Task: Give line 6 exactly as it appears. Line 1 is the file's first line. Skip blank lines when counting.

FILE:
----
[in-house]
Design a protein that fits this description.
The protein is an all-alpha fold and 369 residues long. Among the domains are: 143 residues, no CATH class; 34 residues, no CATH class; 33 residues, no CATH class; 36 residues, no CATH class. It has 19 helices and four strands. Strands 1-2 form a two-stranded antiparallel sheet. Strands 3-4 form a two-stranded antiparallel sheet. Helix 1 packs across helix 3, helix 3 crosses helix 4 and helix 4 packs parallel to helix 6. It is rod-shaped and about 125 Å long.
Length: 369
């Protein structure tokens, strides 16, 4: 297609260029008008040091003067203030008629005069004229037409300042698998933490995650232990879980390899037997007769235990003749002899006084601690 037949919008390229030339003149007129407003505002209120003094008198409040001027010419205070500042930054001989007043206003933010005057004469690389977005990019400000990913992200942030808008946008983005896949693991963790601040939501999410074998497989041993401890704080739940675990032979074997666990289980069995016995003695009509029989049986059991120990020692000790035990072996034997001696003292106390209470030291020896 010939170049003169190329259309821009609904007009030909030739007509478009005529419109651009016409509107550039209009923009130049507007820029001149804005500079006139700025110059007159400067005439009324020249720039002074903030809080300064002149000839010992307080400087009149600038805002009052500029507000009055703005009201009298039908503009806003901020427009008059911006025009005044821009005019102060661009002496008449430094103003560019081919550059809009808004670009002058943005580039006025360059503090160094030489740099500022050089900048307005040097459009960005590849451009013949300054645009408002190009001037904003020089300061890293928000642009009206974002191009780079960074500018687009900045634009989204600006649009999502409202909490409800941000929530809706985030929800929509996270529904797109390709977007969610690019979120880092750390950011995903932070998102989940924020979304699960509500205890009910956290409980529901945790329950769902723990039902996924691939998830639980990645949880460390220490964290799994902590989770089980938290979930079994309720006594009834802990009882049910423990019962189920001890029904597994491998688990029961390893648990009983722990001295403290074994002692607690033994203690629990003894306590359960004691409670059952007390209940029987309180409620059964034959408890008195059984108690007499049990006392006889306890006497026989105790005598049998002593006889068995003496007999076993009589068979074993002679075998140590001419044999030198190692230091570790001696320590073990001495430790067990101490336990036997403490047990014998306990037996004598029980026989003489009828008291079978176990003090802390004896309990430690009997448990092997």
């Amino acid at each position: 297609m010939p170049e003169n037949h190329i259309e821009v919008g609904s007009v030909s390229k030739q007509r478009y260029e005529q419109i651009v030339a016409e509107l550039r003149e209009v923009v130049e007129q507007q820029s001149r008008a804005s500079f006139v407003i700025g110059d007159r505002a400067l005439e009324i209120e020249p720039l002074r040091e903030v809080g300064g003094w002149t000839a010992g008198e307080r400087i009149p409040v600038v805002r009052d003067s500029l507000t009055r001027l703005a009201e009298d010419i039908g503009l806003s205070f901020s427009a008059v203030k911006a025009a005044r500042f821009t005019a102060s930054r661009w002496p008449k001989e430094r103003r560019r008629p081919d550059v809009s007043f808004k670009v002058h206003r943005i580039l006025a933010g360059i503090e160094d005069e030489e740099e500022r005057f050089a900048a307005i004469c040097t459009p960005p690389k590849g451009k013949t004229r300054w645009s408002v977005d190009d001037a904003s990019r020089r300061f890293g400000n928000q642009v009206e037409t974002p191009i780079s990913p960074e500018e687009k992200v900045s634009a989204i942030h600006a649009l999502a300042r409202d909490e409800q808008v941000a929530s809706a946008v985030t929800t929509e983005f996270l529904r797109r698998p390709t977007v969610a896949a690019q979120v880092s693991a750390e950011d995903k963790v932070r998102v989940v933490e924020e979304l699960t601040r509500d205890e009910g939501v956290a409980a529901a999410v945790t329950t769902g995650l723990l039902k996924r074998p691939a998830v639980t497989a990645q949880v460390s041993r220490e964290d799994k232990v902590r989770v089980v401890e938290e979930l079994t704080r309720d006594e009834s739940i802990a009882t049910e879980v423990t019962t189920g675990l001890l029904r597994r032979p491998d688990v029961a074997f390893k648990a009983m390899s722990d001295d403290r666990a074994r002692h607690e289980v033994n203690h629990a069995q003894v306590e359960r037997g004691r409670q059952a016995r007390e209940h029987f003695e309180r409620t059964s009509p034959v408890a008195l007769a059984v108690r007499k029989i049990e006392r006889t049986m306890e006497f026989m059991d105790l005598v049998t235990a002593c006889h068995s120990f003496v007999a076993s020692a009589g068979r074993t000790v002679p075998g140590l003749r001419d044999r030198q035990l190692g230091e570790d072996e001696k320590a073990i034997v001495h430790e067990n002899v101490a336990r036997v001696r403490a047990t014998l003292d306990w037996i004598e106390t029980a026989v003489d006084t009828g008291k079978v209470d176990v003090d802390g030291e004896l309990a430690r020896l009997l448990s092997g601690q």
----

């Amino acid at each position: 297609m010939p170049e003169n037949h190329i259309e821009v919008g609904s007009v030909s390229k030739q007509r478009y260029e005529q419109i651009v030339a016409e509107l550039r003149e209009v923009v130049e007129q507007q820029s001149r008008a804005s500079f006139v407003i700025g110059d007159r505002a400067l005439e009324i209120e020249p720039l002074r040091e903030v809080g300064g003094w002149t000839a010992g008198e307080r400087i009149p409040v600038v805002r009052d003067s500029l507000t009055r001027l703005a009201e009298d010419i039908g503009l806003s205070f901020s427009a008059v203030k911006a025009a005044r500042f821009t005019a102060s930054r661009w002496p008449k001989e430094r103003r560019r008629p081919d550059v809009s007043f808004k670009v002058h206003r943005i580039l006025a933010g360059i503090e160094d005069e030489e740099e500022r005057f050089a900048a307005i004469c040097t459009p960005p690389k590849g451009k013949t004229r300054w645009s408002v977005d190009d001037a904003s990019r020089r300061f890293g400000n928000q642009v009206e037409t974002p191009i780079s990913p960074e500018e687009k992200v900045s634009a989204i942030h600006a649009l999502a300042r409202d909490e409800q808008v941000a929530s809706a946008v985030t929800t929509e983005f996270l529904r797109r698998p390709t977007v969610a896949a690019q979120v880092s693991a750390e950011d995903k963790v932070r998102v989940v933490e924020e979304l699960t601040r509500d205890e009910g939501v956290a409980a529901a999410v945790t329950t769902g995650l723990l039902k996924r074998p691939a998830v639980t497989a990645q949880v460390s041993r220490e964290d799994k232990v902590r989770v089980v401890e938290e979930l079994t704080r309720d006594e009834s739940i802990a009882t049910e879980v423990t019962t189920g675990l001890l029904r597994r032979p491998d688990v029961a074997f390893k648990a009983m390899s722990d001295d403290r666990a074994r002692h607690e289980v033994n203690h629990a069995q003894v306590e359960r037997g004691r409670q059952a016995r007390e209940h029987f003695e309180r409620t059964s009509p034959v408890a008195l007769a059984v108690r007499k029989i049990e006392r006889t049986m306890e006497f026989m059991d105790l005598v049998t235990a002593c006889h068995s120990f003496v007999a076993s020692a009589g068979r074993t000790v002679p075998g140590l003749r001419d044999r030198q035990l190692g230091e570790d072996e001696k320590a073990i034997v001495h430790e067990n002899v101490a336990r036997v001696r403490a047990t014998l003292d306990w037996i004598e106390t029980a026989v003489d006084t009828g008291k079978v209470d176990v003090d802390g030291e004896l309990a430690r020896l009997l448990s092997g601690q």